I was required to do volunteer hours after an alternative spring break trip with my university. We had initially visited global links for educational purposes, but then I decided I wanted to volunteer there as well. I had a fantastic experience learning about the amazing projects Global Links did across the world and talking with other volunteers. I felt so comfortable around all the volunteers and enjoyed talking and working together. I recommend this to all college students who need volunteer hours because it doesn't even feel like work.
Global links is a great non-profit! All of the staff really care about what they're doing and making a difference to the hospitals and communities they work with. As a regular volunteer, I really feel like I'm making a difference too!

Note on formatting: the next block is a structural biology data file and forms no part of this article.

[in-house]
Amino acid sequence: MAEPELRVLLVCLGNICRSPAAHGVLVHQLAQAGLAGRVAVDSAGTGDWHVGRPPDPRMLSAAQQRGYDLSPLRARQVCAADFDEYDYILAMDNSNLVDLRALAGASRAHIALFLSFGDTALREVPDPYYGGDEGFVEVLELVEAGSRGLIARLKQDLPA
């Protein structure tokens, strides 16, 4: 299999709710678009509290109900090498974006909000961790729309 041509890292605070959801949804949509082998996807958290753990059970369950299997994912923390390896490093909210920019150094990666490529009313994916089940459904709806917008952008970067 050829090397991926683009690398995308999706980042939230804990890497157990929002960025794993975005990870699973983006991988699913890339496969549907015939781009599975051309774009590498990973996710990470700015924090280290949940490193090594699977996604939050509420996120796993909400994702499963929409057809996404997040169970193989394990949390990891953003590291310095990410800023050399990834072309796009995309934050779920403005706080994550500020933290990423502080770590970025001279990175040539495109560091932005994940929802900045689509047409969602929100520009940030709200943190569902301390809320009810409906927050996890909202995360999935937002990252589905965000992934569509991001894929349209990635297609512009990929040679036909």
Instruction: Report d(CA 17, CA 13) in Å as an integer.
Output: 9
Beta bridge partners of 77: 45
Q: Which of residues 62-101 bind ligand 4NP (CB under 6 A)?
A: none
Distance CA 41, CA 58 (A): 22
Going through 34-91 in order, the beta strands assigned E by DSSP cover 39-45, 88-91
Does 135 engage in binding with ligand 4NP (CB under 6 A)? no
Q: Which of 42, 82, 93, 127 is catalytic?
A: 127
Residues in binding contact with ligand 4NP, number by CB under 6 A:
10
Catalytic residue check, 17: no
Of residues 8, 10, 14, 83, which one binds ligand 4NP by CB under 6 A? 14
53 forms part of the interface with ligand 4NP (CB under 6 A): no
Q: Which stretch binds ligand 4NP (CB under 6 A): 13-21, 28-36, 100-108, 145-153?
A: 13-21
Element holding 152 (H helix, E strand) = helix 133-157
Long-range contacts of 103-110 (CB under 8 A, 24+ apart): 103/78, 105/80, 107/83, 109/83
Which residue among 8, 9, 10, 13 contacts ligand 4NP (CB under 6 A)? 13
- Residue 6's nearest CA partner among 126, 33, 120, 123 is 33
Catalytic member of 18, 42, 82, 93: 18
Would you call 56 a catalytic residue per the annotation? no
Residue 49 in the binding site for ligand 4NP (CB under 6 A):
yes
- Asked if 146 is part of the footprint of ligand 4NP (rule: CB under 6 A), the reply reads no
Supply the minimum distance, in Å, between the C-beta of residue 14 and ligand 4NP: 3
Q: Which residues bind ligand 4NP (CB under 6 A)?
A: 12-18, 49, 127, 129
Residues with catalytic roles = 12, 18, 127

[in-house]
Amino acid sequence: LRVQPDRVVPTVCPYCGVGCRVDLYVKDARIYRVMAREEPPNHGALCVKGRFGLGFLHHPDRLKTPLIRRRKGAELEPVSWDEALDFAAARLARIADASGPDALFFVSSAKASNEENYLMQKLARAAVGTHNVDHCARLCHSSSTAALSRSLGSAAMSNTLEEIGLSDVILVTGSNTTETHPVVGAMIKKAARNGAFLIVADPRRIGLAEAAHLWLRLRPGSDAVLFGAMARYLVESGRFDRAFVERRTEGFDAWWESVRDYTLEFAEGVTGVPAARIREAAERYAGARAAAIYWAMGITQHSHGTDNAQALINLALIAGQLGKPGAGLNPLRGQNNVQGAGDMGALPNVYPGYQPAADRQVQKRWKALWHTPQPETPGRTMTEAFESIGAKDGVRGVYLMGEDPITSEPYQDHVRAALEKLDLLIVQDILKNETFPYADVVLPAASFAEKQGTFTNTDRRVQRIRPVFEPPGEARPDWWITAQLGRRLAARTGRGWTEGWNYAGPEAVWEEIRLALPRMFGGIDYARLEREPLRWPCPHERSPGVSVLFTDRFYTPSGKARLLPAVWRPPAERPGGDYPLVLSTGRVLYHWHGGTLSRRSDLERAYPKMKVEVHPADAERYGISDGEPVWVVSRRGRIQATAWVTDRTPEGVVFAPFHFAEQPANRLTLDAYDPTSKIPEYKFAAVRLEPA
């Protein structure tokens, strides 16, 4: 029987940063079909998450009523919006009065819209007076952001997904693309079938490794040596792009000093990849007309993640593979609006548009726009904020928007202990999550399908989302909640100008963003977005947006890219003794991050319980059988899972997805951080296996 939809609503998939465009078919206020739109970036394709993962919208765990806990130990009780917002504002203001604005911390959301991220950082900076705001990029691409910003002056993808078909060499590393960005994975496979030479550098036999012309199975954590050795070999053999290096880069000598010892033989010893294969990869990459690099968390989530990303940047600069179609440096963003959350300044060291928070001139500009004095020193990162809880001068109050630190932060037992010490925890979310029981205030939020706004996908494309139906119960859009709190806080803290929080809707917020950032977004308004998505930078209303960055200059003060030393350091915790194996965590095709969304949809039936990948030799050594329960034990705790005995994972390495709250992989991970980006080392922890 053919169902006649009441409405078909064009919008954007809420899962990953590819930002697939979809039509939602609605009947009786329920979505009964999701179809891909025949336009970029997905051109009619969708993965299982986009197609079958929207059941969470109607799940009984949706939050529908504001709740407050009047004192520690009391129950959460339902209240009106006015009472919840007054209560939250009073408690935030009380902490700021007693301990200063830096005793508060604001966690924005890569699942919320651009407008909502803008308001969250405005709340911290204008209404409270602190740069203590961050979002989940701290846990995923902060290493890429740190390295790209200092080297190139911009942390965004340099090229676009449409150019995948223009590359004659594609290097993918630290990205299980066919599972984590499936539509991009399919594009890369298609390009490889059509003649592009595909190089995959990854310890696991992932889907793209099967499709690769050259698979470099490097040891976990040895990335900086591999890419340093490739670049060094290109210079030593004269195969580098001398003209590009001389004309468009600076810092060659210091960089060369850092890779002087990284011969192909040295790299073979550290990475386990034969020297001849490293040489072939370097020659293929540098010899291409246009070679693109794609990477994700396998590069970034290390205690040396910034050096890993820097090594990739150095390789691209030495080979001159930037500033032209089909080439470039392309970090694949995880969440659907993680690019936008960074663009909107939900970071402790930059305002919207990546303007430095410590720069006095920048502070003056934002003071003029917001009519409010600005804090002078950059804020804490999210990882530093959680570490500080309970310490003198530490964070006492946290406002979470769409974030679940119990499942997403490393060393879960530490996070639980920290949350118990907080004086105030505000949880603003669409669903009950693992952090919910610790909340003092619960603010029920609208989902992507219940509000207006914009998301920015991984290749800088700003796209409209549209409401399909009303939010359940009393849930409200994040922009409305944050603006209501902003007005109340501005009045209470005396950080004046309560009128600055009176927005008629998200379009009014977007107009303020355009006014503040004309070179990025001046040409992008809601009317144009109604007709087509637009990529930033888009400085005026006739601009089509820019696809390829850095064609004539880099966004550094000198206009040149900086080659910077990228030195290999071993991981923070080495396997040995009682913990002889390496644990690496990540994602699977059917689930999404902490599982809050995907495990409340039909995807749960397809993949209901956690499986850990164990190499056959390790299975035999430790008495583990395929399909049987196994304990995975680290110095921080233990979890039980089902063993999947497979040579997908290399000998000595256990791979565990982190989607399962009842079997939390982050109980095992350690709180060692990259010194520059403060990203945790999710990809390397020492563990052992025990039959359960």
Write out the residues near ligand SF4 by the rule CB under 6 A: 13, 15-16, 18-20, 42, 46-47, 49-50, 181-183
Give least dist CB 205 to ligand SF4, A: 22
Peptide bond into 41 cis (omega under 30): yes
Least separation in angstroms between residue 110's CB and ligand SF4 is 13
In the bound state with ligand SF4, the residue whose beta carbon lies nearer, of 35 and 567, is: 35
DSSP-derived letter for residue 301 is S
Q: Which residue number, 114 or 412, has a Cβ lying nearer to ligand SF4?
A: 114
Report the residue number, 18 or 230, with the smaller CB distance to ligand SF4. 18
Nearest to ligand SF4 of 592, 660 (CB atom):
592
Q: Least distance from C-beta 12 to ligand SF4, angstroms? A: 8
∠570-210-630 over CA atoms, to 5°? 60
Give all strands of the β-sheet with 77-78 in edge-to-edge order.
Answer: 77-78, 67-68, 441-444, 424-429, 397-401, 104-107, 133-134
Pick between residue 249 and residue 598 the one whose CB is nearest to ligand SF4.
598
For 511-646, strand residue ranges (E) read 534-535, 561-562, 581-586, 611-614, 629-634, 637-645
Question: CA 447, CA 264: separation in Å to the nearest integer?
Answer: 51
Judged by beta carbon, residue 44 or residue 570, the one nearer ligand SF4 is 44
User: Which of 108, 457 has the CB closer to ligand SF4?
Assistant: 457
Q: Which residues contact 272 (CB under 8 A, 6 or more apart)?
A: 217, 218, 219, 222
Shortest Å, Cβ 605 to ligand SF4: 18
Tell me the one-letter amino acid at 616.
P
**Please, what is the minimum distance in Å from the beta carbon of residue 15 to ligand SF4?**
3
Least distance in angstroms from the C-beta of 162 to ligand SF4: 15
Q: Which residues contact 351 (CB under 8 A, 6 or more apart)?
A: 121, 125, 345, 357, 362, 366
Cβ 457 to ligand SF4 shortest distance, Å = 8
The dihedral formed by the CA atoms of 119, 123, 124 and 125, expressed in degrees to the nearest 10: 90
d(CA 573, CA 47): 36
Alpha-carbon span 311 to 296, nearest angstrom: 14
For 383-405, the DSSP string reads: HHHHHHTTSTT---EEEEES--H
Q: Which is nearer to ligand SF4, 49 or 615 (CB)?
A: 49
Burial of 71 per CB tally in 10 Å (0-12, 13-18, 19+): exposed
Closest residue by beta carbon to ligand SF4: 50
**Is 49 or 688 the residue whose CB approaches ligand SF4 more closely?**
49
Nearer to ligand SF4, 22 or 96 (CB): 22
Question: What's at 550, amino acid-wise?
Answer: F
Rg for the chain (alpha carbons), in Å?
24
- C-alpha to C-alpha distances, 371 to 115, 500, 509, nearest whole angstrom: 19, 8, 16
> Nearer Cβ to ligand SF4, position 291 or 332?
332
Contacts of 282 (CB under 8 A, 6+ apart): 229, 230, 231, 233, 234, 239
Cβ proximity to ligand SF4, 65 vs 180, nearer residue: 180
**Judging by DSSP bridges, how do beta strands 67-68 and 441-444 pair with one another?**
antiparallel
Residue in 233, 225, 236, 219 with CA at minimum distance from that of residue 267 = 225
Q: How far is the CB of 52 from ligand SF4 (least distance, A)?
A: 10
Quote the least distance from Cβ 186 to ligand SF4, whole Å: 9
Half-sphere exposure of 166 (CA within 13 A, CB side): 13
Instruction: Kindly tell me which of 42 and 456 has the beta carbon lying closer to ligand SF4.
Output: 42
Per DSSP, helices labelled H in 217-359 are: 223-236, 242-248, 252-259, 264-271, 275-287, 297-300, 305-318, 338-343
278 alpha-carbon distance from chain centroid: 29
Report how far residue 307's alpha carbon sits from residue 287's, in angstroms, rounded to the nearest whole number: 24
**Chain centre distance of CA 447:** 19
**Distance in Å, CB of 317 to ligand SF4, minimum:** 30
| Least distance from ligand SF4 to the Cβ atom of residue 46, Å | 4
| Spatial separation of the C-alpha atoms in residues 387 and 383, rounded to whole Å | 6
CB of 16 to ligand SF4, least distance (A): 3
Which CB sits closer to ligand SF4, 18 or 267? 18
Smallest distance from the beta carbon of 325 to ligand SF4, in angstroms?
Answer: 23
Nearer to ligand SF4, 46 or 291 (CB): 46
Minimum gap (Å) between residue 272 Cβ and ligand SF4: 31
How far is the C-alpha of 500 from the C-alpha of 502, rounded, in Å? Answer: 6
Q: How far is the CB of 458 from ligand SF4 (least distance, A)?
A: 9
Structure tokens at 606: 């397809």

Every year for the past 30 years I have taken a group of undergraduate students from Notre Dame of Maryland University to learn about socio-economic development and to volunteer their services in San Lucas Toliman, Guatemala. This year, I heard about Global Links and their ability to supply medicines and medical equipment to people on medical and other missions in the developing world. I contacted them, provided them with information about the 65 bed clinic in San Lucas, which is a part of an integral development project started by Father Greg Schaeffer from the Diocese of New Ulm, Minnessota, and within weeks I had the supplies. I really appreciated the immediate response and the lack of bureaucracy of Global Links. Dr. Tum, the cakchiquel doctor, who was trained in Minnessota, couldn't believe that we, as non-medical volunteers had brought sutures, syringes, needles, gloves to his clinic. Payment for services and medications at the San Lucas Clinic is based on need. Since the average income of patients is between $1,000 and $2,000 a year, most services are provided free of charge. It was particularly significant for our group to have brought the medical donations this year, as Father Greg, the creator of the project, had died only a few months earlier.